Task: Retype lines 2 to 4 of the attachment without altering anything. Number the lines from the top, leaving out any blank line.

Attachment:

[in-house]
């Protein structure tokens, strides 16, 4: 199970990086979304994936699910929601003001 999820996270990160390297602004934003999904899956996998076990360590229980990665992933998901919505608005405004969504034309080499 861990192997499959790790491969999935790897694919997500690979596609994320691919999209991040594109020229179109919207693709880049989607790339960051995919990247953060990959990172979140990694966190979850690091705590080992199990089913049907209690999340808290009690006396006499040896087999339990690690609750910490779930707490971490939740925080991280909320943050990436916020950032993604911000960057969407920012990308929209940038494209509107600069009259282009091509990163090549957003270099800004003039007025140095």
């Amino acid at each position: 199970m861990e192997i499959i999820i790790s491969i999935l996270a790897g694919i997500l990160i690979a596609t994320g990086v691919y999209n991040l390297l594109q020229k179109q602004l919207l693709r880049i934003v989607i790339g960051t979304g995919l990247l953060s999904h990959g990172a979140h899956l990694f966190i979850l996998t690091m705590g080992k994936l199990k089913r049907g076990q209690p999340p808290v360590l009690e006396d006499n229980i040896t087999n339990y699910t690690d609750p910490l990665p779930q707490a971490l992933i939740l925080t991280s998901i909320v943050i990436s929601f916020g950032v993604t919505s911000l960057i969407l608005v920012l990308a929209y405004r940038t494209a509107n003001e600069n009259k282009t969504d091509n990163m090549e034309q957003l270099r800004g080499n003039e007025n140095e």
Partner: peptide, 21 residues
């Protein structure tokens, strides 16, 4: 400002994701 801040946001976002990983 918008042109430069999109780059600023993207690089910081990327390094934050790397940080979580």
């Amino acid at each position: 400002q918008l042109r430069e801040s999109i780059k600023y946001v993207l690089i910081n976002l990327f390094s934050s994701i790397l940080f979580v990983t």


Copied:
């Protein structure tokens, strides 16, 4: 199970990086979304994936699910929601003001 999820996270990160390297602004934003999904899956996998076990360590229980990665992933998901919505608005405004969504034309080499 861990192997499959790790491969999935790897694919997500690979596609994320691919999209991040594109020229179109919207693709880049989607790339960051995919990247953060990959990172979140990694966190979850690091705590080992199990089913049907209690999340808290009690006396006499040896087999339990690690609750910490779930707490971490939740925080991280909320943050990436916020950032993604911000960057969407920012990308929209940038494209509107600069009259282009091509990163090549957003270099800004003039007025140095």
């Amino acid at each position: 199970m861990e192997i499959i999820i790790s491969i999935l996270a790897g694919i997500l990160i690979a596609t994320g990086v691919y999209n991040l390297l594109q020229k179109q602004l919207l693709r880049i934003v989607i790339g960051t979304g995919l990247l953060s999904h990959g990172a979140h899956l990694f966190i979850l996998t690091m705590g080992k994936l199990k089913r049907g076990q209690p999340p808290v360590l009690e006396d006499n229980i040896t087999n339990y699910t690690d609750p910490l990665p779930q707490a971490l992933i939740l925080t991280s998901i909320v943050i990436s929601f916020g950032v993604t919505s911000l960057i969407l608005v920012l990308a929209y405004r940038t494209a509107n003001e600069n009259k282009t969504d091509n990163m090549e034309q957003l270099r800004g080499n003039e007025n140095e």
Partner: peptide, 21 residues